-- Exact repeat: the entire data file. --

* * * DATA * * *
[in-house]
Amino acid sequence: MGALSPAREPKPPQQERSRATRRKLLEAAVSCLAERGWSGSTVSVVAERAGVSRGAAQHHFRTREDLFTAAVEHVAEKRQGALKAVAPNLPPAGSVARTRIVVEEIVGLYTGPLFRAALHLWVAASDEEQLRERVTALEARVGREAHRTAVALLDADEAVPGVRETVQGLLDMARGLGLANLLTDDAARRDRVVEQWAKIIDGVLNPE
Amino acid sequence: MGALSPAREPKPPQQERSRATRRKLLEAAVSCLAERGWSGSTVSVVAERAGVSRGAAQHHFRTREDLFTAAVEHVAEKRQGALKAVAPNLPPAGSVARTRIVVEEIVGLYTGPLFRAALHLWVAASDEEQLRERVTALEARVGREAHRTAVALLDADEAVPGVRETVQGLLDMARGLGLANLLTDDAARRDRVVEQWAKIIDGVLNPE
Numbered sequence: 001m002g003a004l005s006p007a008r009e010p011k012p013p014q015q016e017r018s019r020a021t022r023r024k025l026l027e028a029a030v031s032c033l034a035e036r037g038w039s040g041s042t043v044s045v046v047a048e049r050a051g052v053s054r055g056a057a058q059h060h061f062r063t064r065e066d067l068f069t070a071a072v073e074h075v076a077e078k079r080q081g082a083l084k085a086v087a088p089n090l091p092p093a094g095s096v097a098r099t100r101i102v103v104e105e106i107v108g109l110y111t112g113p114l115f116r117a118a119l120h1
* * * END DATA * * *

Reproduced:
[in-house]
Amino acid sequence: MGALSPAREPKPPQQERSRATRRKLLEAAVSCLAERGWSGSTVSVVAERAGVSRGAAQHHFRTREDLFTAAVEHVAEKRQGALKAVAPNLPPAGSVARTRIVVEEIVGLYTGPLFRAALHLWVAASDEEQLRERVTALEARVGREAHRTAVALLDADEAVPGVRETVQGLLDMARGLGLANLLTDDAARRDRVVEQWAKIIDGVLNPE
Amino acid sequence: MGALSPAREPKPPQQERSRATRRKLLEAAVSCLAERGWSGSTVSVVAERAGVSRGAAQHHFRTREDLFTAAVEHVAEKRQGALKAVAPNLPPAGSVARTRIVVEEIVGLYTGPLFRAALHLWVAASDEEQLRERVTALEARVGREAHRTAVALLDADEAVPGVRETVQGLLDMARGLGLANLLTDDAARRDRVVEQWAKIIDGVLNPE
Numbered sequence: 001m002g003a004l005s006p007a008r009e010p011k012p013p014q015q016e017r018s019r020a021t022r023r024k025l026l027e028a029a030v031s032c033l034a035e036r037g038w039s040g041s042t043v044s045v046v047a048e049r050a051g052v053s054r055g056a057a058q059h060h061f062r063t064r065e066d067l068f069t070a071a072v073e074h075v076a077e078k079r080q081g082a083l084k085a086v087a088p089n090l091p092p093a094g095s096v097a098r099t100r101i102v103v104e105e106i107v108g109l110y111t112g113p114l115f116r117a118a119l120h1